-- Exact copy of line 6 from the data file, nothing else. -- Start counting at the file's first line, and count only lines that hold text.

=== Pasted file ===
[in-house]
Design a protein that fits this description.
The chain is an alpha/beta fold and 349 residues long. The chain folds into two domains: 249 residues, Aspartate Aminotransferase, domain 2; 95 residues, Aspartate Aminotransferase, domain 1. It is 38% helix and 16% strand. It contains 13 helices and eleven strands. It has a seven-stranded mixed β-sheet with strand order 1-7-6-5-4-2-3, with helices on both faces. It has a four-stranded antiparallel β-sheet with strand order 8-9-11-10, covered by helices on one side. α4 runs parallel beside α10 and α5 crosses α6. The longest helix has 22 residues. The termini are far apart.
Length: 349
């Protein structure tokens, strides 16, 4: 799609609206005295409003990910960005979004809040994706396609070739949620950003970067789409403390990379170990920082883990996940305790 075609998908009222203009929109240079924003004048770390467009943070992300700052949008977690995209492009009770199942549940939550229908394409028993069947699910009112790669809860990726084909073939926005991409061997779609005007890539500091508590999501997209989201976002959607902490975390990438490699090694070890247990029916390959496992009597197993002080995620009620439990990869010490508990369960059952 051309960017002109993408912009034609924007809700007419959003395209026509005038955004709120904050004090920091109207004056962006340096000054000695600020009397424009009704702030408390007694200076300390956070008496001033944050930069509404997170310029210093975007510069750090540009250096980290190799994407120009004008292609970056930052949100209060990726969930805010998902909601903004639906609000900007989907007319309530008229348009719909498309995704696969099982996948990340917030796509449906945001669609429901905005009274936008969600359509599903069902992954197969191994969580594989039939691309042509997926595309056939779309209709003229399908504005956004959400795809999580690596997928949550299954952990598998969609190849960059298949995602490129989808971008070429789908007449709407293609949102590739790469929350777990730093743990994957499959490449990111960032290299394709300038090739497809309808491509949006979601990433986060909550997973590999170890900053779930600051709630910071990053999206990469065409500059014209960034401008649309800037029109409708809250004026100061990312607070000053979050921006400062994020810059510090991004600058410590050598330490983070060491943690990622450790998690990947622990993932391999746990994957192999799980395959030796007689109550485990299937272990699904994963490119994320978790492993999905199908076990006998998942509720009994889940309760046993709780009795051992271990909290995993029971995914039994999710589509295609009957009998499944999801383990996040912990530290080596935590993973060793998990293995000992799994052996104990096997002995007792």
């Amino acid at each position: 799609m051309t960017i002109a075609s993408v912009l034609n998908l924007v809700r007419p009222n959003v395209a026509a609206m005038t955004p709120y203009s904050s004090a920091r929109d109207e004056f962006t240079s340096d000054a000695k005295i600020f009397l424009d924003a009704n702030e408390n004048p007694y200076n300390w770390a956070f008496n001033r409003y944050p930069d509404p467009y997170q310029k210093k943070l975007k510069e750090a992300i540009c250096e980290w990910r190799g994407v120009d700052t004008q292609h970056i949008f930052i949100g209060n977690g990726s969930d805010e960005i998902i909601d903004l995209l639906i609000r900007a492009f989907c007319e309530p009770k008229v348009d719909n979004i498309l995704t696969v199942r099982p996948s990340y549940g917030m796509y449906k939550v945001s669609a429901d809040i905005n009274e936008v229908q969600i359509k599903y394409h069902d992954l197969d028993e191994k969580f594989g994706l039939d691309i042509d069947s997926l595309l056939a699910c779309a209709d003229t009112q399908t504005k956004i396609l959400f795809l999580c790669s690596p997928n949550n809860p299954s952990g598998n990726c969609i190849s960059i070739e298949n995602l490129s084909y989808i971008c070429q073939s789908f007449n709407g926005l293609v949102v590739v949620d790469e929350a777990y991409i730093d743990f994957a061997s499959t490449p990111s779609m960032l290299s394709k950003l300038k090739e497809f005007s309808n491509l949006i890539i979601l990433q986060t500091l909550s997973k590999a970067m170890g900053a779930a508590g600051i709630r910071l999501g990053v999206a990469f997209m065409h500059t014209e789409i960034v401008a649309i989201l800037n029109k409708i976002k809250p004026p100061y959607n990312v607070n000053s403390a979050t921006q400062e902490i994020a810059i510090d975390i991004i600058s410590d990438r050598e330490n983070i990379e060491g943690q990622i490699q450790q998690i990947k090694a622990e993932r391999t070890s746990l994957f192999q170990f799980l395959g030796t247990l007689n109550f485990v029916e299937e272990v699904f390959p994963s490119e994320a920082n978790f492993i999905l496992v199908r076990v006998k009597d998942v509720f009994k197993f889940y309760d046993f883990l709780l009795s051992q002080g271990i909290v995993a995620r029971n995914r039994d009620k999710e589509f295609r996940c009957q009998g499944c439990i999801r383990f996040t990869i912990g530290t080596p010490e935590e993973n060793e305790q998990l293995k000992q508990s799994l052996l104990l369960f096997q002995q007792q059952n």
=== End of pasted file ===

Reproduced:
């Amino acid at each position: 799609m051309t960017i002109a075609s993408v912009l034609n998908l924007v809700r007419p009222n959003v395209a026509a609206m005038t955004p709120y203009s904050s004090a920091r929109d109207e004056f962006t240079s340096d000054a000695k005295i600020f009397l424009d924003a009704n702030e408390n004048p007694y200076n300390w770390a956070f008496n001033r409003y944050p930069d509404p467009y997170q310029k210093k943070l975007k510069e750090a992300i540009c250096e980290w990910r190799g994407v120009d700052t004008q292609h970056i949008f930052i949100g209060n977690g990726s969930d805010e960005i998902i909601d903004l995209l639906i609000r900007a492009f989907c007319e309530p009770k008229v348009d719909n979004i498309l995704t696969v199942r099982p996948s990340y549940g917030m796509y449906k939550v945001s669609a429901d809040i905005n009274e936008v229908q969600i359509k599903y394409h069902d992954l197969d028993e191994k969580f594989g994706l039939d691309i042509d069947s997926l595309l056939a699910c779309a209709d003229t009112q399908t504005k956004i396609l959400f795809l999580c790669s690596p997928n949550n809860p299954s952990g598998n990726c969609i190849s960059i070739e298949n995602l490129s084909y989808i971008c070429q073939s789908f007449n709407g926005l293609v949102v590739v949620d790469e929350a777990y991409i730093d743990f994957a061997s499959t490449p990111s779609m960032l290299s394709k950003l300038k090739e497809f005007s309808n491509l949006i890539i979601l990433q986060t500091l909550s997973k590999a970067m170890g900053a779930a508590g600051i709630r910071l999501g990053v999206a990469f997209m065409h500059t014209e789409i960034v401008a649309i989201l800037n029109k409708i976002k809250p004026p100061y959607n990312v607070n000053s403390a979050t921006q400062e902490i994020a810059i510090d975390i991004i600058s410590d990438r050598e330490n983070i990379e060491g943690q990622i490699q450790q998690i990947k090694a622990e993932r391999t070890s746990l994957f192999q170990f799980l395959g030796t247990l007689n109550f485990v029916e299937e272990v699904f390959p994963s490119e994320a920082n978790f492993i999905l496992v199908r076990v006998k009597d998942v509720f009994k197993f889940y309760d046993f883990l709780l009795s051992q002080g271990i909290v995993a995620r029971n995914r039994d009620k999710e589509f295609r996940c009957q009998g499944c439990i999801r383990f996040t990869i912990g530290t080596p010490e935590e993973n060793e305790q998990l293995k000992q508990s799994l052996l104990l369960f096997q002995q007792q059952n």